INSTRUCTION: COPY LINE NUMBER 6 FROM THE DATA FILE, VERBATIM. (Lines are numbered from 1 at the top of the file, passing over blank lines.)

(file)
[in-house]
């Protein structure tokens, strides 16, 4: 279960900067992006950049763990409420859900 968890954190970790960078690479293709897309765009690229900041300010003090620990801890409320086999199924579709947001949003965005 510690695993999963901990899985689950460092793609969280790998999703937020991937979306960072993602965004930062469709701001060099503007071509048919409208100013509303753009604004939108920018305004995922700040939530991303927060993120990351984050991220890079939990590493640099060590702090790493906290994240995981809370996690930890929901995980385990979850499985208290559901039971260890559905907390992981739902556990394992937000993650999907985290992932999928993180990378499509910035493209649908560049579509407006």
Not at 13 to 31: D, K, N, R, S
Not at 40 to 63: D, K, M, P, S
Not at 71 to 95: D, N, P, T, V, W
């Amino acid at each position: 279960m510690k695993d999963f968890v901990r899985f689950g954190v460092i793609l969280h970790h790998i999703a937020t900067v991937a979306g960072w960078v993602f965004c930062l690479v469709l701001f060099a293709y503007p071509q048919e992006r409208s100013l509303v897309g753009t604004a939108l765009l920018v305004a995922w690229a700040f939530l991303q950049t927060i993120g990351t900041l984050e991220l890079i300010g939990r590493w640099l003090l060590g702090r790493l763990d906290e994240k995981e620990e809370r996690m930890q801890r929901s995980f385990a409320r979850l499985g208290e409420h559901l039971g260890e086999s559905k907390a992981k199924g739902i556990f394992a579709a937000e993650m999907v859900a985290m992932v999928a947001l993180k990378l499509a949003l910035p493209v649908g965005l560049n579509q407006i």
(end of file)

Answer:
């Amino acid at each position: 279960m510690k695993d999963f968890v901990r899985f689950g954190v460092i793609l969280h970790h790998i999703a937020t900067v991937a979306g960072w960078v993602f965004c930062l690479v469709l701001f060099a293709y503007p071509q048919e992006r409208s100013l509303v897309g753009t604004a939108l765009l920018v305004a995922w690229a700040f939530l991303q950049t927060i993120g990351t900041l984050e991220l890079i300010g939990r590493w640099l003090l060590g702090r790493l763990d906290e994240k995981e620990e809370r996690m930890q801890r929901s995980f385990a409320r979850l499985g208290e409420h559901l039971g260890e086999s559905k907390a992981k199924g739902i556990f394992a579709a937000e993650m999907v859900a985290m992932v999928a947001l993180k990378l499509a949003l910035p493209v649908g965005l560049n579509q407006i």